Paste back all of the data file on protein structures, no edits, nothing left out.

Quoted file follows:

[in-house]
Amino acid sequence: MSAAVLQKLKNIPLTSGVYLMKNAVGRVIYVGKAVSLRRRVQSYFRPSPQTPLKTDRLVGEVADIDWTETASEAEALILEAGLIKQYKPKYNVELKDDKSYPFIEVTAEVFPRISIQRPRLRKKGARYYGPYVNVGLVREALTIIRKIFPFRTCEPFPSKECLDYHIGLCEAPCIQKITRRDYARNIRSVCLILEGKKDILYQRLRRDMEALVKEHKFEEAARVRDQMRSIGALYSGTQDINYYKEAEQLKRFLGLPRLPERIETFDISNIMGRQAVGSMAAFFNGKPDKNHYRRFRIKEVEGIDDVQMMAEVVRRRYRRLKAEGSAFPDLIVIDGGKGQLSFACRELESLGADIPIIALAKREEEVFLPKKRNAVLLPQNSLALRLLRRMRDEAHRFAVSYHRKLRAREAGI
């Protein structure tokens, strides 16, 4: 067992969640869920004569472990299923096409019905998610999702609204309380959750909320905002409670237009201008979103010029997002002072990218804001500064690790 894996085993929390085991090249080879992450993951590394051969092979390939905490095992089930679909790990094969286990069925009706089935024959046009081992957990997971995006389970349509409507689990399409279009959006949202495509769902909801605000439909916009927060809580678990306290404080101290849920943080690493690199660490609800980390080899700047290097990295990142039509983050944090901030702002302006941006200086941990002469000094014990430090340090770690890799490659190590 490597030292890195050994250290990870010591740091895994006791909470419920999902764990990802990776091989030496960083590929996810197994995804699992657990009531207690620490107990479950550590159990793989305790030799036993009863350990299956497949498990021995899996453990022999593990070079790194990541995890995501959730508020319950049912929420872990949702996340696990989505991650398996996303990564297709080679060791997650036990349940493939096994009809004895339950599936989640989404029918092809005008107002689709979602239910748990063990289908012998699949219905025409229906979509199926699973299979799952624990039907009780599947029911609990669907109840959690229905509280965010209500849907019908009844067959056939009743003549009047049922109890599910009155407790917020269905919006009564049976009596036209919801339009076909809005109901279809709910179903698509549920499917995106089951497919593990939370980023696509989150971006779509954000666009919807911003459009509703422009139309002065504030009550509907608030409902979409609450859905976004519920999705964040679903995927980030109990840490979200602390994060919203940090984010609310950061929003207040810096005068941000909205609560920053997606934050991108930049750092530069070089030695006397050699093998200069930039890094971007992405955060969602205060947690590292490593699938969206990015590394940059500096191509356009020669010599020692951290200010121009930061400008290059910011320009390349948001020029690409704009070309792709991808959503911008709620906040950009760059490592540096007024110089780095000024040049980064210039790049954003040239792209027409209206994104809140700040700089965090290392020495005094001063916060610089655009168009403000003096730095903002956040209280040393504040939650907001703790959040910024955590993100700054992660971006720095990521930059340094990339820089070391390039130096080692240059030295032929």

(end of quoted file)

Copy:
[in-house]
Amino acid sequence: MSAAVLQKLKNIPLTSGVYLMKNAVGRVIYVGKAVSLRRRVQSYFRPSPQTPLKTDRLVGEVADIDWTETASEAEALILEAGLIKQYKPKYNVELKDDKSYPFIEVTAEVFPRISIQRPRLRKKGARYYGPYVNVGLVREALTIIRKIFPFRTCEPFPSKECLDYHIGLCEAPCIQKITRRDYARNIRSVCLILEGKKDILYQRLRRDMEALVKEHKFEEAARVRDQMRSIGALYSGTQDINYYKEAEQLKRFLGLPRLPERIETFDISNIMGRQAVGSMAAFFNGKPDKNHYRRFRIKEVEGIDDVQMMAEVVRRRYRRLKAEGSAFPDLIVIDGGKGQLSFACRELESLGADIPIIALAKREEEVFLPKKRNAVLLPQNSLALRLLRRMRDEAHRFAVSYHRKLRAREAGI
């Protein structure tokens, strides 16, 4: 067992969640869920004569472990299923096409019905998610999702609204309380959750909320905002409670237009201008979103010029997002002072990218804001500064690790 894996085993929390085991090249080879992450993951590394051969092979390939905490095992089930679909790990094969286990069925009706089935024959046009081992957990997971995006389970349509409507689990399409279009959006949202495509769902909801605000439909916009927060809580678990306290404080101290849920943080690493690199660490609800980390080899700047290097990295990142039509983050944090901030702002302006941006200086941990002469000094014990430090340090770690890799490659190590 490597030292890195050994250290990870010591740091895994006791909470419920999902764990990802990776091989030496960083590929996810197994995804699992657990009531207690620490107990479950550590159990793989305790030799036993009863350990299956497949498990021995899996453990022999593990070079790194990541995890995501959730508020319950049912929420872990949702996340696990989505991650398996996303990564297709080679060791997650036990349940493939096994009809004895339950599936989640989404029918092809005008107002689709979602239910748990063990289908012998699949219905025409229906979509199926699973299979799952624990039907009780599947029911609990669907109840959690229905509280965010209500849907019908009844067959056939009743003549009047049922109890599910009155407790917020269905919006009564049976009596036209919801339009076909809005109901279809709910179903698509549920499917995106089951497919593990939370980023696509989150971006779509954000666009919807911003459009509703422009139309002065504030009550509907608030409902979409609450859905976004519920999705964040679903995927980030109990840490979200602390994060919203940090984010609310950061929003207040810096005068941000909205609560920053997606934050991108930049750092530069070089030695006397050699093998200069930039890094971007992405955060969602205060947690590292490593699938969206990015590394940059500096191509356009020669010599020692951290200010121009930061400008290059910011320009390349948001020029690409704009070309792709991808959503911008709620906040950009760059490592540096007024110089780095000024040049980064210039790049954003040239792209027409209206994104809140700040700089965090290392020495005094001063916060610089655009168009403000003096730095903002956040209280040393504040939650907001703790959040910024955590993100700054992660971006720095990521930059340094990339820089070391390039130096080692240059030295032929």